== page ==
One thing my rotation of different perfume styles based on the season has exposed that I do it for other things. I’ve been rearranging my liquor shelves too. The things I like to drink in the cooler months are the soliflores of the alcohol world. Whisky is one of them. There are also some great whisky perfumes in this month’s My Favorite Things looks at five whisky perfumes.
One of the most recent is Nasomatto Baraonda. Independent perfumer Alessandro Gualtieri returned to his flagship brand after a bit of a break with a bold whisky laden perfume. He hands you a snifter loaded with dried berries and synthetic musks. Sig. Gualtieri balances out all the rough edges into a smooth sipping fragrance.
One of the reasons I like Baraonda is it reminded me of the early releases from the brand. The same is true for By Kilian Single Malt. After a few years of going off in different directions Single Malt re-teamed creative director Kilian Hennessy and perfumer Sidonie Lancesseur. They created a beautifully constructed whisky accord which starts with plum slowly coming together via wheat, cedar, tolu balsam, and vanilla. Once it forms you have a fantastic whisky on your skin.
Thierry Mugler A*Men Pure Malt was the second flanker in what I consider the best flanker series in all of perfume. In these early releases original A*Men perfumer Jacques Huclier seemed to delight in adding in a new ingredient to show the versatility of the classic caramel, patchouli, and chocolate accord. In this case it is a whisky accord which teases out the caramel while amplifying the sweetness in all the best whiskies. I keep a little tin of high-quality caramel which I eat a bit of when I’m sipping whisky; it started here.
Another combination of sweet and whisky is present in Carolina Herrera CH Men Prive. Perfumer Christophe Raynaud uses whisky as contrast to the citrus opening of grapefruit, complement to the lavender in the heart and depth along with a black leather accord in the base. This is a rugged masculine perfume.
My final choice comes from a collaboration between independent perfumer David Seth Moltz (the D.S. in D.S. & Durga) and the scotch producer Glenlivet. Hylnds Spirit of the Glen wants to capture the bouquet of a Glenlivet 18. This is a complete experience of scotch in a perfume. Grassy fruity opening deepens into a hay and chamomile heart. When you get to the base with whisky malt and barley you are complete.
If you’re in a whisky mood but don’t feel like a drink, try these five perfumes instead.
Disclosure: This review is based on bottles I purchased.
The last time I saw perfumer Alessandro Gualtieri was at Esxence 2014. He was walking around with a battered top hat. At that exposition, he released the final scent for his line Nasomatto called Blamage with an accompanying documentary which was screened there. He also debuted the line which was taking over called Orto Parisi. As the documentary readily shows Sig. Gualtieri is a bit of a perfumed Mad Hatter. It was those trips he took me on with every subsequent Nasomatto release. They weren’t all to my taste but they always held my interest. I was sad to see the Nasomatto story come to an end with Blamage. Turns out it wasn’t the end after all as a surprise new release Nasomatto Baraonda has arrived this fall.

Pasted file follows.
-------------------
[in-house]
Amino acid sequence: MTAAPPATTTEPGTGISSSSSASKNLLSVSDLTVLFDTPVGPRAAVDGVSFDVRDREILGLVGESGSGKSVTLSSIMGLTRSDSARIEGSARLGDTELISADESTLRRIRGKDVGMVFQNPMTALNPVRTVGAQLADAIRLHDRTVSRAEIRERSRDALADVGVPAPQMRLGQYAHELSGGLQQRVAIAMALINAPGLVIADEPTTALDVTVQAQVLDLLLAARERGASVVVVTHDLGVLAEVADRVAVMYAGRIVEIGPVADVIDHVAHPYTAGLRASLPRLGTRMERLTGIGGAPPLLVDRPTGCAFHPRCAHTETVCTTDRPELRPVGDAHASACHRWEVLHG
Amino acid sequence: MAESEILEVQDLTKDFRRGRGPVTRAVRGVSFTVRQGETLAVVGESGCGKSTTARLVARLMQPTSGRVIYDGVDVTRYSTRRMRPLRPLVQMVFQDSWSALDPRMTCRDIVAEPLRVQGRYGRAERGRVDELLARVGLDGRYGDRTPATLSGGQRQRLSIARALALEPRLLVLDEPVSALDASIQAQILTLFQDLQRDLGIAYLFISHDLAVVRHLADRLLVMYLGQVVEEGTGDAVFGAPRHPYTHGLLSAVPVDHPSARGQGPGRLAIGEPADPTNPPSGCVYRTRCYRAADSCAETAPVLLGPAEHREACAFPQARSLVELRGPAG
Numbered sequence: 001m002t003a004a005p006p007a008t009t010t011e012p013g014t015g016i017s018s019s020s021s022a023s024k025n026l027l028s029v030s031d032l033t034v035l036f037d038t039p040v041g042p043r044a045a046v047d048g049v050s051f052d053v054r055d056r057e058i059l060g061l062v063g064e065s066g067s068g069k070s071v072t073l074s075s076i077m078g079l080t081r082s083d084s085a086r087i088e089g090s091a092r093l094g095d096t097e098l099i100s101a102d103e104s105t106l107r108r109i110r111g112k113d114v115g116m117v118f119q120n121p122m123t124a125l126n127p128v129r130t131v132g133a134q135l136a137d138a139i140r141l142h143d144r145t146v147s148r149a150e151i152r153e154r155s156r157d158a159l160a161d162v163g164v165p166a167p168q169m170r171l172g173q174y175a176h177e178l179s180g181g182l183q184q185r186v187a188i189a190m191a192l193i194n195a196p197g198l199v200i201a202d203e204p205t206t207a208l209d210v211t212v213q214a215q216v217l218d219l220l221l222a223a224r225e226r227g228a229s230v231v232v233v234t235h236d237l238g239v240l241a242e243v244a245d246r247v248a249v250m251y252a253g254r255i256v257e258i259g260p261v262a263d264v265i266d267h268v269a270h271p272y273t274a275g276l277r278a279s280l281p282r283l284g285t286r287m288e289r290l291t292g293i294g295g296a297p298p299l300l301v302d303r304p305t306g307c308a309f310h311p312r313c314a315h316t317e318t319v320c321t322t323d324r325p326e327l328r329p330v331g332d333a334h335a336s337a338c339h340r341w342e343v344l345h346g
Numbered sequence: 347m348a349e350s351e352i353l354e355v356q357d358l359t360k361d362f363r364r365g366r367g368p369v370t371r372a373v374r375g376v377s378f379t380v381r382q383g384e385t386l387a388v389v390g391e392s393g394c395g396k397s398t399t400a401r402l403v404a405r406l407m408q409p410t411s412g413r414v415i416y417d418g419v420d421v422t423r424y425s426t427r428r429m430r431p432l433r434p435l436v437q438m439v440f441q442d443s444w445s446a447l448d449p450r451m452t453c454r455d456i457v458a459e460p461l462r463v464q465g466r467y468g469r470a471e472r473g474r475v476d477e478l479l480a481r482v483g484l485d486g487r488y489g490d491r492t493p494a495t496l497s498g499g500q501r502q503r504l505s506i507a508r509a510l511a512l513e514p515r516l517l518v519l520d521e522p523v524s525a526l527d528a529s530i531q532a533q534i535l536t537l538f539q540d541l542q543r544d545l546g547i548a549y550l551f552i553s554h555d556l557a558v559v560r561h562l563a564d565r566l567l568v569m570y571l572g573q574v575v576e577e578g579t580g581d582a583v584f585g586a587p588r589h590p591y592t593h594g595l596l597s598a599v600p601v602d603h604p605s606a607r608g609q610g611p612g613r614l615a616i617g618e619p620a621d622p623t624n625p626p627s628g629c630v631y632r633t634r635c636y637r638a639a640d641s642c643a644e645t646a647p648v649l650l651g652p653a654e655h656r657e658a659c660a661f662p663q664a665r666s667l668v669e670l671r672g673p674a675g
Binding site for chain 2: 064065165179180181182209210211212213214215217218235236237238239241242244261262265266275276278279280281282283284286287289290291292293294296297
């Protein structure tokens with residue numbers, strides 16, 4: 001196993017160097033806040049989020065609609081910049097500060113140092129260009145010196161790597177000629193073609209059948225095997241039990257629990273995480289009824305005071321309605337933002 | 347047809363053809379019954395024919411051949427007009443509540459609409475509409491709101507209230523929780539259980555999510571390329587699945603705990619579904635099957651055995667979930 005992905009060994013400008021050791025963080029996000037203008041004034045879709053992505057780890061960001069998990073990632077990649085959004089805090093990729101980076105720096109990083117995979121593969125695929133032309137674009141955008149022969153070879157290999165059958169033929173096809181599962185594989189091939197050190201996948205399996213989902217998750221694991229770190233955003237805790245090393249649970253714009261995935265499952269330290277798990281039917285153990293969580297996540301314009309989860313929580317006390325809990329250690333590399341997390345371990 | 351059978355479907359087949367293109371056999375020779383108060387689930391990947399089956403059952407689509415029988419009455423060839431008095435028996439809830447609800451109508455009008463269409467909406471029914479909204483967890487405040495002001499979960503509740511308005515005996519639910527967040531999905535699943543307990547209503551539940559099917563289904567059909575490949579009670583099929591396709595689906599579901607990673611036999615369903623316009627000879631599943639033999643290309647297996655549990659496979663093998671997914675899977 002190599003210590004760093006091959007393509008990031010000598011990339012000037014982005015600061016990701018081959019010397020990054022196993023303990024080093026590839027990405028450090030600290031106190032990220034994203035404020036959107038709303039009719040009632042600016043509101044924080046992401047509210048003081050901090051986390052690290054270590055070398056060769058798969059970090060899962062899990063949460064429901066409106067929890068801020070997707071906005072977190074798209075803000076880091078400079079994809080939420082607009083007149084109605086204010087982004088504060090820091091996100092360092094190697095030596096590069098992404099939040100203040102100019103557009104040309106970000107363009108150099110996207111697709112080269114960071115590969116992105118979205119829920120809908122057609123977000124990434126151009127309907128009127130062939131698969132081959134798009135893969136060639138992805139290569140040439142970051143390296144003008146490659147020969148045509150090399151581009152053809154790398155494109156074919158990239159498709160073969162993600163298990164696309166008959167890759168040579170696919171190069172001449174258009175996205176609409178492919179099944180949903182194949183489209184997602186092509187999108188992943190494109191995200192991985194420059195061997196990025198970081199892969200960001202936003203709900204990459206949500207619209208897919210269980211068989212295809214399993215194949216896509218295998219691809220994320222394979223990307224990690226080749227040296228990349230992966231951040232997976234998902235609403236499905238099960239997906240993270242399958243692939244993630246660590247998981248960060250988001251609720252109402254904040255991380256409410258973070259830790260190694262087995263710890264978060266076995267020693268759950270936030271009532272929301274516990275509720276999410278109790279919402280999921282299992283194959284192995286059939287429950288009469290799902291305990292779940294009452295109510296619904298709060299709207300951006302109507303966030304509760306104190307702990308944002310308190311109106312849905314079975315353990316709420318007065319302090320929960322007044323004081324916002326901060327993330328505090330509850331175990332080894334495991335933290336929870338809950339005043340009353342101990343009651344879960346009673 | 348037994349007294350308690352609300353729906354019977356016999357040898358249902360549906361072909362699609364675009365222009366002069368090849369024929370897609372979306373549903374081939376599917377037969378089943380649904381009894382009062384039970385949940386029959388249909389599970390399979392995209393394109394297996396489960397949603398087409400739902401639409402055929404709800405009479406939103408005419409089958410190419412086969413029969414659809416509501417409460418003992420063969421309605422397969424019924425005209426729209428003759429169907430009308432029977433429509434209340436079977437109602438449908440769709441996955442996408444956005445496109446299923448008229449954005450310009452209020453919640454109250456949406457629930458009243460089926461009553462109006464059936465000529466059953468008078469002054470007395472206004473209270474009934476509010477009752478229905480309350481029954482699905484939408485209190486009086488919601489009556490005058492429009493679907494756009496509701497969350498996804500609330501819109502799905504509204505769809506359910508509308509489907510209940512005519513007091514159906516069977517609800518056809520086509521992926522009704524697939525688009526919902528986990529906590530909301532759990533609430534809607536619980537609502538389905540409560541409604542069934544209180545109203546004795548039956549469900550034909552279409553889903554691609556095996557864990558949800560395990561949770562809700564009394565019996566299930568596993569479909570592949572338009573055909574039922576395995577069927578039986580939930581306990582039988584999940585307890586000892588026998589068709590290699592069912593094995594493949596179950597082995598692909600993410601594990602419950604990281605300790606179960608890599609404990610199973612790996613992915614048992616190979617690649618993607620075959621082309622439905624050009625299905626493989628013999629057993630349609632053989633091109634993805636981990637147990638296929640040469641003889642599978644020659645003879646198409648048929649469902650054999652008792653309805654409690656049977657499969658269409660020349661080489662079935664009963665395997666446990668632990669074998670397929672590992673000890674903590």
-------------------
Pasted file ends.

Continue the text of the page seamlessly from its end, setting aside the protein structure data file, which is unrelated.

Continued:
If there was anything which disappointed me about Blamage was it didn’t fully go for the randomness it was seeking. Sig. Gualtieri pulled the punch a bit. It became more understandable as the Orto Parisi releases came out as they also lacked a bit of the madcap energy of the best of the Nasomatto line. I wanted the Mad Hatter of Black Afgano. Baraonda feels like Sig. Gualtieri was looking at that top hat on the shelf in his Amsterdam studio; dusted it off, placed it on his head and started to compose. What comes out of all this is a whisky soaked scream of synthetic musks and woods through a completely unique dried berries middle.
Baraonda starts with the smell of whisky most likely courtesy of whisky lactone (cis-3-Methyl-4-octanolide). To that Sig. Gualtieri adds either one of the higher octave musks or ambrette seed, the botanical version. Whichever it is it has an interesting effect of turning the whisky more scotch-like. Then the booze recedes and this dried berries accord comes to the forefront. It reminds me of the dried cranberries I make scones with. As a guess, I think this is another fruity lactone twisted with more synthetic musks. It is the most captivating part of the evolution of Baraonda for me because the berries are made so odd because of the effect Sig. Gualtieri has created. Then we get to the trademark of all Nasomatto fragrances a synthetic overload. For Baraonda it is Ambrox and probably muscone or another synthetic animalic musk. Usually that combination does not work for me I find it screechy like olfactory nails across a chalkboard. In Baraonda it does work because the whisky and berries somehow blunt the sharp edges those two ingredients produce. Which means the woody musky base accord works unusually well.
Baraonda has ridiculous longevity of 24 hours-plus. The synthetics in the base will last through a shower. The sillage is moderate for all of that.
I am very pleased to have both Nasomatto, and The Mad Hatter behind it, back; even if only for this one release. Baraonda is one of my favorites of the line because it reminds me of the first Nasomatto I tried, Absinth, as Sig. Gualtieri says to hell with the tea let’s have a drink. That’s a party I want to be part of and with Baraonda; I am.
Disclosure: This review was based on a sample from Twisted Lily.